I don't like to run; I don't like to smoke; I don't like pop music.
There is only on moment in my adult life when I ran like I did as a child -- tirelessly, joyfully, without a thought for how much I fucking hated it. I lived in Stratford, Ontario for the summer of 2003, taking a Shakespeare in Performance course. On the second last day of the course, the 2003 Blackout hit. About 15 of my classmates and I assembled in the hallway, trying to study for our exam the next day by the hallway's emergency lights.
My friend Dan burst into the hallway, gasping. He leaned against the wall, impossibly out of breath. We all leapt up, expecting news of the Zombie Apocalypse. Finally he managed to wheeze: "Ice cream parlour." As one, we ran several kilometers into town, never even feeling the burn. We spent the rest of the night eating huge vats of free ice cream in the park, agreeing that this was certainly the best possible scenario for the end of the world.
That particular experience is the one exception to my complete disdain for running. I can see how it is a valuable activity, and how pleasure can be derived from it. Many of my friends are runners, updating their facebook statuses with their training schedules, their best 5k times. Their hearts and lungs stay strong; their knees sometimes ache. It seems like something I could invest in: the pleasure/pain of the activity, the combination of focus and serenity, the calming influence of exercise. And yet, whenever I am called upon to go for a run (or decide to prove to myself that it can't possibly be as bad as I remember), I can do nothing to shut out the mantra "I hate this. I hate this. I hate this" that plays in my heard until I eventually go home is disgust.
My personality is definitely of the addictive/obsessive variety, and goodness knows I have enough bad habits. I drink too much and don't sleep enough, and will consume a ridiculous amount of coffee if I'm not paying attention. I will certainly never lead anyone away from any temptation, and frequently leap into it head first myself. I'm also more anxious and high-strung than any one person really ought to me. An addiction that's bad for you and calms your nerves? It might as well be tailor made for me.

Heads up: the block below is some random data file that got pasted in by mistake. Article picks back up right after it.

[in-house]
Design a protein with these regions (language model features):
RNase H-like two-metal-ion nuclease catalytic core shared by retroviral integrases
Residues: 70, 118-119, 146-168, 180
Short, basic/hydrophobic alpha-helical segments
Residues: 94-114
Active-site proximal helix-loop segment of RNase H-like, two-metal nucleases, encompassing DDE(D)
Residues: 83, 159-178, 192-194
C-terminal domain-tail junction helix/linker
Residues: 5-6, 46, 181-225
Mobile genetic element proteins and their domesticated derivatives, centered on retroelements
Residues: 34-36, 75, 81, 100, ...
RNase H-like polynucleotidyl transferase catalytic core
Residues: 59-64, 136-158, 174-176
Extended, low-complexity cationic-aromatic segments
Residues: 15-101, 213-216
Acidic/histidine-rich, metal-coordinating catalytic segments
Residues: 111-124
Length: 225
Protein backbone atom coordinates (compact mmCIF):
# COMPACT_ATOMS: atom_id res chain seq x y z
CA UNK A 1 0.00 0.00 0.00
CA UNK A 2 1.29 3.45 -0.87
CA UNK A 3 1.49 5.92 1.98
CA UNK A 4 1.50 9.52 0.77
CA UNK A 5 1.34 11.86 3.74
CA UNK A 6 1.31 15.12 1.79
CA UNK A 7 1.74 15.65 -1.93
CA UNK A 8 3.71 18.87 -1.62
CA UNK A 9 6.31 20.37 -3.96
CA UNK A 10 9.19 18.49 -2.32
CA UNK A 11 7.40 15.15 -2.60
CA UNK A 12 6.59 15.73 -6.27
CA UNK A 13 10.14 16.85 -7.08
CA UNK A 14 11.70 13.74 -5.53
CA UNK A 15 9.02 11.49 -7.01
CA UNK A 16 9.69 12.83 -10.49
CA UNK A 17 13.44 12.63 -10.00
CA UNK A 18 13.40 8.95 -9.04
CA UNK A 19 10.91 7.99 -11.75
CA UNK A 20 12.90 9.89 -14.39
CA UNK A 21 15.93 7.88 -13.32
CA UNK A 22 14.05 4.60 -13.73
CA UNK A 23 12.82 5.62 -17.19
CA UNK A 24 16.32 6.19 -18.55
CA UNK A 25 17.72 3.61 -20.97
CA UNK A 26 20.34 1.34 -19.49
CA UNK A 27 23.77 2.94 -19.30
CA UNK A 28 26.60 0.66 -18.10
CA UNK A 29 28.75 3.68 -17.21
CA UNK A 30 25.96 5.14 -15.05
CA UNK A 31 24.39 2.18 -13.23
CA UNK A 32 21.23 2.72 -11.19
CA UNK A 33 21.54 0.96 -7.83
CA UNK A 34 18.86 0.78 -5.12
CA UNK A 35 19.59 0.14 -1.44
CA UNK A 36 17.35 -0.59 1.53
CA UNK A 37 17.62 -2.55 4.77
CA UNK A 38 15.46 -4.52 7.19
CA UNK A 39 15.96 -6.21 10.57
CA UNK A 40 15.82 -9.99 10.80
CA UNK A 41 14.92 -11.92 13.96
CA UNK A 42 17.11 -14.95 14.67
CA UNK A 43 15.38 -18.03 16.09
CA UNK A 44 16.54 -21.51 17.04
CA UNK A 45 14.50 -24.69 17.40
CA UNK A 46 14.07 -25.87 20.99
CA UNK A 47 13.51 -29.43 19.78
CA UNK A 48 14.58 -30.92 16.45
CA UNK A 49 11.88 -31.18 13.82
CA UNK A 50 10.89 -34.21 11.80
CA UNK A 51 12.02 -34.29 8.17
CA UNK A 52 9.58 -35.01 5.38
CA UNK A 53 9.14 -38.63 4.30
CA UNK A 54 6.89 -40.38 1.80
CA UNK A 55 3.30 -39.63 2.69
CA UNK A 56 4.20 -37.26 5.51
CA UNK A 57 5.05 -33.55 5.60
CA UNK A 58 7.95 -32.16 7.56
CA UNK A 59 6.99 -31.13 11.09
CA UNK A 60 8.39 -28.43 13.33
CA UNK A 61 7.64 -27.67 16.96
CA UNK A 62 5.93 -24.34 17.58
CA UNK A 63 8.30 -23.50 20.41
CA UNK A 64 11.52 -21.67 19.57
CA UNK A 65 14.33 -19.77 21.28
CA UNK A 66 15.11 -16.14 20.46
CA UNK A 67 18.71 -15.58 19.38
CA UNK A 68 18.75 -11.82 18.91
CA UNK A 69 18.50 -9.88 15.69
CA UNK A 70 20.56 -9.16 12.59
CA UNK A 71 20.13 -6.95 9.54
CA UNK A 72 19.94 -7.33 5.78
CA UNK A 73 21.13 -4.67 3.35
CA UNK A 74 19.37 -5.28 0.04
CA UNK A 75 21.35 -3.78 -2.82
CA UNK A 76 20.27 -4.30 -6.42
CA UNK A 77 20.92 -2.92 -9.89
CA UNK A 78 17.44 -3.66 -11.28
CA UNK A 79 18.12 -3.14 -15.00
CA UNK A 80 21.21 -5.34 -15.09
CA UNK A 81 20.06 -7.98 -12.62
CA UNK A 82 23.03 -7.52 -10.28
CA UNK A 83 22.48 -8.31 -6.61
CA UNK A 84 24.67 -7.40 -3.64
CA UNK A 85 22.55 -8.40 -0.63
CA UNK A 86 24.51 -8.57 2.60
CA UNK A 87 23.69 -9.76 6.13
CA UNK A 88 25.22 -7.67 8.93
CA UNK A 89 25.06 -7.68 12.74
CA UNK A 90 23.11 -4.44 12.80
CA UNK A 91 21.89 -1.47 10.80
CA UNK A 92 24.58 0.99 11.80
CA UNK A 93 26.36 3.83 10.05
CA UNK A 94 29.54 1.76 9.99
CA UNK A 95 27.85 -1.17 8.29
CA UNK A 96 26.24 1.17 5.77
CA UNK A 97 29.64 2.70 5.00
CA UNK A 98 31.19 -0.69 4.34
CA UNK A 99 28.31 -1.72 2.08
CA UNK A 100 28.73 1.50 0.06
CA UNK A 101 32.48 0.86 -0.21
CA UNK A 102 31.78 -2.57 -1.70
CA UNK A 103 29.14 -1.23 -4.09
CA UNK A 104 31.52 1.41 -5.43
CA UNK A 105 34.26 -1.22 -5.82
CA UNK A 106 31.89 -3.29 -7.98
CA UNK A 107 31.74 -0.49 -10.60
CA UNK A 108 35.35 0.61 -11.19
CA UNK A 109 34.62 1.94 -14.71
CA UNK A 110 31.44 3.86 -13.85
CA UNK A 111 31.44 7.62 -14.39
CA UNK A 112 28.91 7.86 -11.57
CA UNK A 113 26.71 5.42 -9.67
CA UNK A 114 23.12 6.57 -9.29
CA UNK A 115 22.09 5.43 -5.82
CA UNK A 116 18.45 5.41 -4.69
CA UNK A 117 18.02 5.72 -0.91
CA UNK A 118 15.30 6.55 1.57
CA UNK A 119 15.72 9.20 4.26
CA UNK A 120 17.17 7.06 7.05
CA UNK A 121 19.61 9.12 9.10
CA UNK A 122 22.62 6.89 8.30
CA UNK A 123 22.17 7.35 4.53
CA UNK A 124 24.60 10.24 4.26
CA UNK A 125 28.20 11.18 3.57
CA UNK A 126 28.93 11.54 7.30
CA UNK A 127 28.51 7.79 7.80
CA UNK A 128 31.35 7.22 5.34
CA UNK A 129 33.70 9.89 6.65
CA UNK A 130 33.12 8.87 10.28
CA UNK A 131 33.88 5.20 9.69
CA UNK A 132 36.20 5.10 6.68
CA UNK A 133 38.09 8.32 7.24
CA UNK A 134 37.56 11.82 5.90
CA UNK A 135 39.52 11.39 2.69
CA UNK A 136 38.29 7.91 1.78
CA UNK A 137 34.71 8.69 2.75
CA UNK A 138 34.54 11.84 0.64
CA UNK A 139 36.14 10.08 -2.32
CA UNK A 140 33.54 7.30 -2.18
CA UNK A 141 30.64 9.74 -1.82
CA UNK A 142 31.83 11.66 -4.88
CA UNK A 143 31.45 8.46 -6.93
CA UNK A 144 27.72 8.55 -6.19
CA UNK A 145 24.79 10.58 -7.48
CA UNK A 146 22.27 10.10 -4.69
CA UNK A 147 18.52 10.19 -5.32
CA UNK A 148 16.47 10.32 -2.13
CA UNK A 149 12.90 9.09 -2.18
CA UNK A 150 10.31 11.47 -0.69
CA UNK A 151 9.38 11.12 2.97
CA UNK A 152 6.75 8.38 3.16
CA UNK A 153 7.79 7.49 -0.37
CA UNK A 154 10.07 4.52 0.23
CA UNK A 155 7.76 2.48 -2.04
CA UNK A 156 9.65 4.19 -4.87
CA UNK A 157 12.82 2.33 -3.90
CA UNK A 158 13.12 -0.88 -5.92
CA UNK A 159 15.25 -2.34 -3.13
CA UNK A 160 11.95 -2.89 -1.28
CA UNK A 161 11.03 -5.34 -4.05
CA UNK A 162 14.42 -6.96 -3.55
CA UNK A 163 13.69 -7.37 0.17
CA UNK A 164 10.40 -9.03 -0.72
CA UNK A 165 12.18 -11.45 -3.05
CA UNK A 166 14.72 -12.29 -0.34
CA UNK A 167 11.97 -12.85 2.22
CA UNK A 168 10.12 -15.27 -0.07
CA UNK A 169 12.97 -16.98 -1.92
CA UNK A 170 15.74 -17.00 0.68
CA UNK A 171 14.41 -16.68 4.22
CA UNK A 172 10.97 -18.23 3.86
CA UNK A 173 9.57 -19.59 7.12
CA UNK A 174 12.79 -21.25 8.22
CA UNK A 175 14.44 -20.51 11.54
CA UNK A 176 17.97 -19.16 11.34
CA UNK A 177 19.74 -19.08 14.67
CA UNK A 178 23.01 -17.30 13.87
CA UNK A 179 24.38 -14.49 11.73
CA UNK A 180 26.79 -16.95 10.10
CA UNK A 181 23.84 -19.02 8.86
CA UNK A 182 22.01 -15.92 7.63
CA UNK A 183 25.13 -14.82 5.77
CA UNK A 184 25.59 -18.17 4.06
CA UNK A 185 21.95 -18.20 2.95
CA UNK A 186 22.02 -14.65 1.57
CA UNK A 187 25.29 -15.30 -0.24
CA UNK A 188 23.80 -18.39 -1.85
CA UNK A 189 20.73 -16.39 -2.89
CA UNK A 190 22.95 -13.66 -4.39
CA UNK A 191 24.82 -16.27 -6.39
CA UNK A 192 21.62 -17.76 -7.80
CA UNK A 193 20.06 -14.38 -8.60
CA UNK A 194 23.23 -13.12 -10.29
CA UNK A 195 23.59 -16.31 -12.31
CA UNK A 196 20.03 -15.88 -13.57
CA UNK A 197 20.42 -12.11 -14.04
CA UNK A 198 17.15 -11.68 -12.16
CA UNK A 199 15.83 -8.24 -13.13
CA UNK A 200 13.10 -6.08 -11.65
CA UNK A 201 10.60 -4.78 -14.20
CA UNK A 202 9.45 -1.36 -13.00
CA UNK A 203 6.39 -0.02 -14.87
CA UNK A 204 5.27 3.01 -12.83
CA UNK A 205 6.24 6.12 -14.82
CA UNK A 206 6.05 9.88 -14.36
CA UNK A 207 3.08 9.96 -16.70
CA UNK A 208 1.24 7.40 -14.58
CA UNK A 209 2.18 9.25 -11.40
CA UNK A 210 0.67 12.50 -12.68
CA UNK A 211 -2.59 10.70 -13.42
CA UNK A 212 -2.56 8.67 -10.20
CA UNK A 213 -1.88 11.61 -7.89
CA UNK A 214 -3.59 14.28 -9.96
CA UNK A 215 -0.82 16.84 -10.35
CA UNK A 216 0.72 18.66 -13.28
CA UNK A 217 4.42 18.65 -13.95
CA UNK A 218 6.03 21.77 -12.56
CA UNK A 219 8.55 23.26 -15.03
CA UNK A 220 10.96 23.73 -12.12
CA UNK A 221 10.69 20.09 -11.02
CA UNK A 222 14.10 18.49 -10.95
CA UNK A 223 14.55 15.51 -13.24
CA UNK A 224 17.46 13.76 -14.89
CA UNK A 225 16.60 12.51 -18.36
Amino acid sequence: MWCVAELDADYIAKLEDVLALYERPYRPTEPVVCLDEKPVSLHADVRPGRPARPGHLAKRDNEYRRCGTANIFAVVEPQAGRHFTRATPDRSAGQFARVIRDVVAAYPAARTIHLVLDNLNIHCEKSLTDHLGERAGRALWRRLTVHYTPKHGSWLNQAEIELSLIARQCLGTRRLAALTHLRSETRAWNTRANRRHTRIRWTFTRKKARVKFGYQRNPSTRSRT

And yet, on the very few occasions I've ever had a cigarette, I've been left completely cold by it. I dislike the scratchy feel in my throat, the film in my mouth, the way my hair and skin suddenly feels tight and ill-fitting. I hate the way my nails taste afterwards, too. I've also noticed that my hangovers become infinitely worse the next day when I've smoked, and I am rather fond of my mercifully mild day-afters.
So it's not something I've ever picked up; not something I've ever longed for or wrestled with. Certainly not something I've craved.
Lily The Pirate: "WHAT DO YOU MEAN you don't like pop music?"
Me: "I don't!"
LTP: "Come ON."
Me: "It just does nothing for me."
Me: "Listen, I am not saying that I think it is stupid or wrong to like pop music!"
Me: "I understand, intellectually, how it can be appreciated. I hear that it is catchy and hooky. I understand and appreciate the theatricality. I understand it as a shared phenomenon -- that when you're in a room full of people you don't know and a song comes on that you all love, it's an important social moment."
Me: "I just don't like it, personally. I hear it all over the damn place, hear other people enjoying it, but it is never something I have had any desire to seek out or indulge in."
Me: "It's like...it's like how I hate to run! or how I dislike smoking. I understand why poeple enjoy those things, why they do them -- but they're just not for me."
LTP: "...alright. You're still nuts."
Me: "Well, yes."
LTP: "Rah rah ah-ah-ah! Ro mah ro-mah-mah! Gaga Ooh-la-la!"